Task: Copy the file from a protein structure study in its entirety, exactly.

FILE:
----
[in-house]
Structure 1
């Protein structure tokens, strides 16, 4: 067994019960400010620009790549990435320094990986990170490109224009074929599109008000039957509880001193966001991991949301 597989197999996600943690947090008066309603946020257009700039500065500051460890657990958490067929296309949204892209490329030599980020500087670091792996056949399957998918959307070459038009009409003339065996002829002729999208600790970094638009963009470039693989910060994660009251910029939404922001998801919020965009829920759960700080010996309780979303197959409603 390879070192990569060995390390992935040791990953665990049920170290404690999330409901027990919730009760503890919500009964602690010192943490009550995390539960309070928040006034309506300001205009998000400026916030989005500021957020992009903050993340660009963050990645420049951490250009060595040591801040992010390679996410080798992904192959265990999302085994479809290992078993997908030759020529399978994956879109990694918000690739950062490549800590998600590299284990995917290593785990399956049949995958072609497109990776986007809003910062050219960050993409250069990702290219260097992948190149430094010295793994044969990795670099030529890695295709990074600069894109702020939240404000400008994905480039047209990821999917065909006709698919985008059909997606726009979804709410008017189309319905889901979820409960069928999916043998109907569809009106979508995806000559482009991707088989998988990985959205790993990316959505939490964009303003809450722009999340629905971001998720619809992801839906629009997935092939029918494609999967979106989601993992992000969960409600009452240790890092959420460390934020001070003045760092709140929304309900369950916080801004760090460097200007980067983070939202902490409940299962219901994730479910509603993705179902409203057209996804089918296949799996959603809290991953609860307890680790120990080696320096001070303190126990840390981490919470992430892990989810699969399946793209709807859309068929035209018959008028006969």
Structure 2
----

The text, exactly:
[in-house]
Structure 1
């Protein structure tokens, strides 16, 4: 067994019960400010620009790549990435320094990986990170490109224009074929599109008000039957509880001193966001991991949301 597989197999996600943690947090008066309603946020257009700039500065500051460890657990958490067929296309949204892209490329030599980020500087670091792996056949399957998918959307070459038009009409003339065996002829002729999208600790970094638009963009470039693989910060994660009251910029939404922001998801919020965009829920759960700080010996309780979303197959409603 390879070192990569060995390390992935040791990953665990049920170290404690999330409901027990919730009760503890919500009964602690010192943490009550995390539960309070928040006034309506300001205009998000400026916030989005500021957020992009903050993340660009963050990645420049951490250009060595040591801040992010390679996410080798992904192959265990999302085994479809290992078993997908030759020529399978994956879109990694918000690739950062490549800590998600590299284990995917290593785990399956049949995958072609497109990776986007809003910062050219960050993409250069990702290219260097992948190149430094010295793994044969990795670099030529890695295709990074600069894109702020939240404000400008994905480039047209990821999917065909006709698919985008059909997606726009979804709410008017189309319905889901979820409960069928999916043998109907569809009106979508995806000559482009991707088989998988990985959205790993990316959505939490964009303003809450722009999340629905971001998720619809992801839906629009997935092939029918494609999967979106989601993992992000969960409600009452240790890092959420460390934020001070003045760092709140929304309900369950916080801004760090460097200007980067983070939202902490409940299962219901994730479910509603993705179902409203057209996804089918296949799996959603809290991953609860307890680790120990080696320096001070303190126990840390981490919470992430892990989810699969399946793209709807859309068929035209018959008028006969």
Structure 2